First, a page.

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Britain’s largest ‘sea dragon’ fossil found in water reservoir

Remains of an ancient marine reptile known as an Ichthyosaur have been discovered in a British water reservoir.

The fossilized remains, colloquially called a “sea dragon,” were discovered at the Rutland Water Nature Reserve and is the biggest and most complete skeleton of its kind found to date in the U.K.

It is also thought to be the first Ichthyosaur of its species – called Temnodontosaurus trigonodon – in Britain, according to a release.

The fossil was found by a member of the county water conservation team during a routine lagoon draining for landscape work in February, 2021. The Ichthyosaur is approximately 180 million years old with a skeleton around 10 metres in length and a skull weighing around one tonne.

Ichthyosaurs first appeared approximately 250 million years ago and went extinct 90 million years ago, the release states, and varied in size from one to more than 25 metres in length, resembling dolphins.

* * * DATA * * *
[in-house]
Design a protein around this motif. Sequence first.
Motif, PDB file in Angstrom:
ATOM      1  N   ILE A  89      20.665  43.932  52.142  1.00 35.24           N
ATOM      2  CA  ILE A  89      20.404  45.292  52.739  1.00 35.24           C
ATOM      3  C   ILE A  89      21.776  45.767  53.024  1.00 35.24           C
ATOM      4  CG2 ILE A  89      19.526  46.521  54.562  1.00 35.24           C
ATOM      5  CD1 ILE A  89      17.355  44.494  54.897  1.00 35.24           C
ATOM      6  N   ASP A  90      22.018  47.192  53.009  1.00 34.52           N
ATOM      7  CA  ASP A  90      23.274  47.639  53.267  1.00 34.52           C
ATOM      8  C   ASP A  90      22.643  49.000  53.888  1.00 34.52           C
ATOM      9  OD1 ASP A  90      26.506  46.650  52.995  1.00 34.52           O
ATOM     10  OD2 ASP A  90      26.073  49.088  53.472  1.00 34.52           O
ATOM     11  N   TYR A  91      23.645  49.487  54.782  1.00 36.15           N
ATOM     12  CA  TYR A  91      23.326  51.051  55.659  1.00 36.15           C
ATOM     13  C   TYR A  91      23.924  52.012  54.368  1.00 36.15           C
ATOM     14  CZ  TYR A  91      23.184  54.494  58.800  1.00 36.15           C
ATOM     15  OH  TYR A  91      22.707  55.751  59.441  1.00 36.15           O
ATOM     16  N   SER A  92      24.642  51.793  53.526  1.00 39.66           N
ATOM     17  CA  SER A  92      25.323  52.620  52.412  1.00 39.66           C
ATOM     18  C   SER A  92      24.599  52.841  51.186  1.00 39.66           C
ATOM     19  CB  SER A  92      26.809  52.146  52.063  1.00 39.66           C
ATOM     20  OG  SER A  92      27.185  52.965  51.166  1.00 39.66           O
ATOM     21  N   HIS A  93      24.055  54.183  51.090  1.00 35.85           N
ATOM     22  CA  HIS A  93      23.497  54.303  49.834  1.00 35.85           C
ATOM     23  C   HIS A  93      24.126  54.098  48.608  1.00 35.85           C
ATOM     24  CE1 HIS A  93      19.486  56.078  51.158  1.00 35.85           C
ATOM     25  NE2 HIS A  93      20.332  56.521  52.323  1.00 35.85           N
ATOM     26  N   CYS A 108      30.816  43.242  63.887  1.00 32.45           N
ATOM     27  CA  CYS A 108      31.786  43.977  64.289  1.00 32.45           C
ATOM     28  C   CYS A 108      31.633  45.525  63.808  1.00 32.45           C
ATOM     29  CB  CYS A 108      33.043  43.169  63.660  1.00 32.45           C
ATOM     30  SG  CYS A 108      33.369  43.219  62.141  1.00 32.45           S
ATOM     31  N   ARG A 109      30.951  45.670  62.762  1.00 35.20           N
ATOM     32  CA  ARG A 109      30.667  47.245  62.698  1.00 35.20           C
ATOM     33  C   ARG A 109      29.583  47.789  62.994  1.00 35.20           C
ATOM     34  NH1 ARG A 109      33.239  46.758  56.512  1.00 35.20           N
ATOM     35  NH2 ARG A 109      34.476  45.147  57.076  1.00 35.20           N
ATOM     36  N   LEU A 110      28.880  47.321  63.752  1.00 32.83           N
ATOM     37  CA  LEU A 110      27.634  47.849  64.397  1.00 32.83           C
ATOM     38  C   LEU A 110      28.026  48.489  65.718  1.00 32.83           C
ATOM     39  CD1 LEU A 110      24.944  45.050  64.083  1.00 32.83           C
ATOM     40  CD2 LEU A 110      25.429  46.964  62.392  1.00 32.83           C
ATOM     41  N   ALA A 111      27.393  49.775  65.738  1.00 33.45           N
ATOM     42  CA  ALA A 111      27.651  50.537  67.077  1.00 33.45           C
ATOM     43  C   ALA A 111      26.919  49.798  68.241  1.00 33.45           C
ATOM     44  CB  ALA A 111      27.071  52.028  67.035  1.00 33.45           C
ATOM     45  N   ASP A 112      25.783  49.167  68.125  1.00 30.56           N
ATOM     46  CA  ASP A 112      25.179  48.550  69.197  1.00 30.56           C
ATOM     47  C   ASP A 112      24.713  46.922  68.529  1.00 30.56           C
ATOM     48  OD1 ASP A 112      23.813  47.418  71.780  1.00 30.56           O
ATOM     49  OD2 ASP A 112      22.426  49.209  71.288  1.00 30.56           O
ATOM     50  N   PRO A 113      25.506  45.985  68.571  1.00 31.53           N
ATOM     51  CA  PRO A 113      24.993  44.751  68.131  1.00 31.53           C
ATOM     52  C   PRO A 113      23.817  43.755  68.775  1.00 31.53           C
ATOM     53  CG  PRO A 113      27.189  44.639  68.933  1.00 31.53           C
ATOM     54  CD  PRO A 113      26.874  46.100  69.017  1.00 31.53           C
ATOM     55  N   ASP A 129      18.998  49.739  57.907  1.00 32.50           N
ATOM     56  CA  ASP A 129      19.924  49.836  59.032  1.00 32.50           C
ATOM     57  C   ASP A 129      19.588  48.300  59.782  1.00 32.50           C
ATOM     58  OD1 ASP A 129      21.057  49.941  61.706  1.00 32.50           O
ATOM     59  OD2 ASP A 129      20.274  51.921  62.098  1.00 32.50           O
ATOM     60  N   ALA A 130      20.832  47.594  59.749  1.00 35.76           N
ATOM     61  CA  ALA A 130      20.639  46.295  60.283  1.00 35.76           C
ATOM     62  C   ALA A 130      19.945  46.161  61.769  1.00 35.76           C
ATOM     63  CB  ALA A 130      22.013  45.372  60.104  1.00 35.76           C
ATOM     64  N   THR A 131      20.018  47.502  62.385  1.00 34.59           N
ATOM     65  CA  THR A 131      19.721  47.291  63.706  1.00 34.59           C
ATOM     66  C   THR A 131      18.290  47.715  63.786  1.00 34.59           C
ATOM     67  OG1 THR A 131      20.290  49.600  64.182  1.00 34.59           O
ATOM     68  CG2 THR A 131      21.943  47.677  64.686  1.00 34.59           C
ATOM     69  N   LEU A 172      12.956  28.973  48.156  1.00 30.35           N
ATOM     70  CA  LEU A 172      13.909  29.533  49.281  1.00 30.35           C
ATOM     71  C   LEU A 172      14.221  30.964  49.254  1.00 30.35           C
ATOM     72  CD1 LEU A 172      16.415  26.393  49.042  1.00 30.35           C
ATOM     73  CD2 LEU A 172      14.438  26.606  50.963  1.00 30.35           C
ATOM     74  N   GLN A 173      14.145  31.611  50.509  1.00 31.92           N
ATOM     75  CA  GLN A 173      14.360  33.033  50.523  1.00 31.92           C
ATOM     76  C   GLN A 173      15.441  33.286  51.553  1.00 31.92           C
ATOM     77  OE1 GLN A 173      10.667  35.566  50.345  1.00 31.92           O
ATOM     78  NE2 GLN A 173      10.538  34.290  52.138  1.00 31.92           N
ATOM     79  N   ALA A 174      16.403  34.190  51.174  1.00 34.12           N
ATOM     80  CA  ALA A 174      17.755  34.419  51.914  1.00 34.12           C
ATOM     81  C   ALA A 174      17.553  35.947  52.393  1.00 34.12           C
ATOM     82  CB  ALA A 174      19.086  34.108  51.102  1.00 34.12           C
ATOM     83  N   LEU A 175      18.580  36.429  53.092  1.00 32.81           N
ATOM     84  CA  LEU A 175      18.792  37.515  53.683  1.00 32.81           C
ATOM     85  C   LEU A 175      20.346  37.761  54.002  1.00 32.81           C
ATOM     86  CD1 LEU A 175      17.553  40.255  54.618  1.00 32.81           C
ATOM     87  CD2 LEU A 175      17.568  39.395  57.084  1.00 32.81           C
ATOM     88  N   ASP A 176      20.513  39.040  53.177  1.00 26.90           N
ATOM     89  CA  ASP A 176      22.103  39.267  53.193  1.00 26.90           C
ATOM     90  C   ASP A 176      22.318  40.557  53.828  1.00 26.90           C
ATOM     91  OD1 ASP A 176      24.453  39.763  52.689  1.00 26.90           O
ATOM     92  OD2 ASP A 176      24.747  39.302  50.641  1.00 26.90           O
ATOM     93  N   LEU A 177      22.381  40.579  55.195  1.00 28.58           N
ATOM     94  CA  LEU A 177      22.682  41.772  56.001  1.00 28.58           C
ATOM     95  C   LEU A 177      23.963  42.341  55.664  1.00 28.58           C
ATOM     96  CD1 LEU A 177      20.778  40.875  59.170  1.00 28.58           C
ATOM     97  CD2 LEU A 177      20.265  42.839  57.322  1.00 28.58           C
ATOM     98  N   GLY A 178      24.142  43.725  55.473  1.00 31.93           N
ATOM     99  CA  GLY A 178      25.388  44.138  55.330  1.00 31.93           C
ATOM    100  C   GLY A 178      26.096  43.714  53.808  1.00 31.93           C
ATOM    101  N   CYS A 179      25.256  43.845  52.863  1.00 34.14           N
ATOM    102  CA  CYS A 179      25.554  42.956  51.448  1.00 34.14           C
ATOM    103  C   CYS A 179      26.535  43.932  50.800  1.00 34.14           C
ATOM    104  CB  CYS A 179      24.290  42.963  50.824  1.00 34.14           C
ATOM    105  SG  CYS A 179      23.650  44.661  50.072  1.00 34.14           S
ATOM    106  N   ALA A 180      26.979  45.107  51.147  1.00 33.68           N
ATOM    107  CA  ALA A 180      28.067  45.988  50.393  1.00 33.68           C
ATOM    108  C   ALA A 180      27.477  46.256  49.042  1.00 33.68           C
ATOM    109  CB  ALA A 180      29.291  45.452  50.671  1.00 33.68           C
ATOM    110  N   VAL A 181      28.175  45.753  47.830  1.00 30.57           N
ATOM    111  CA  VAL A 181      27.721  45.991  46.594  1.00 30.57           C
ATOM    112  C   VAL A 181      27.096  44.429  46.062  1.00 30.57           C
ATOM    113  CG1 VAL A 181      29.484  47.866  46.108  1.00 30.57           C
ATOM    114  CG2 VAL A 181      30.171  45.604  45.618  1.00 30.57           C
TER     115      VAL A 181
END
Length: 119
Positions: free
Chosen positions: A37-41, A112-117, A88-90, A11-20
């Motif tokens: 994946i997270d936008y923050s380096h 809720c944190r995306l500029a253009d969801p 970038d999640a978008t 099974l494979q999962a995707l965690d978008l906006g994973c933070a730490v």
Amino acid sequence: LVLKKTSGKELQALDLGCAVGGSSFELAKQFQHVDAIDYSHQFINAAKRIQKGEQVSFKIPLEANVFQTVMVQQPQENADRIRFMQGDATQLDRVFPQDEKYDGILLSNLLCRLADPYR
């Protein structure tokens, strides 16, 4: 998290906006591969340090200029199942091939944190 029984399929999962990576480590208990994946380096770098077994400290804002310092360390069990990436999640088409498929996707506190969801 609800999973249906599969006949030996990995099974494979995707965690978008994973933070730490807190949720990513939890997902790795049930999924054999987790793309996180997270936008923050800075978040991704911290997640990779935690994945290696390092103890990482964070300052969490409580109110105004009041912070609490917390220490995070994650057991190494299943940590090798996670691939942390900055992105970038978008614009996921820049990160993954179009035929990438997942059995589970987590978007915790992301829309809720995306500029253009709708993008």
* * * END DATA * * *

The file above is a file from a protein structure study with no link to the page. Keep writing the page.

The British Ichthyosaur remains were excavated in August and September 2021 by a team of paleontologists. Two other incomplete and smaller Ichthyosaur remains were found in the same reservoir in the 1970s.

The find is the latest of several recent Ichthyosaur excavations, including one led by Montreal’s McGill University researchers in Colombia and another in Nevada.

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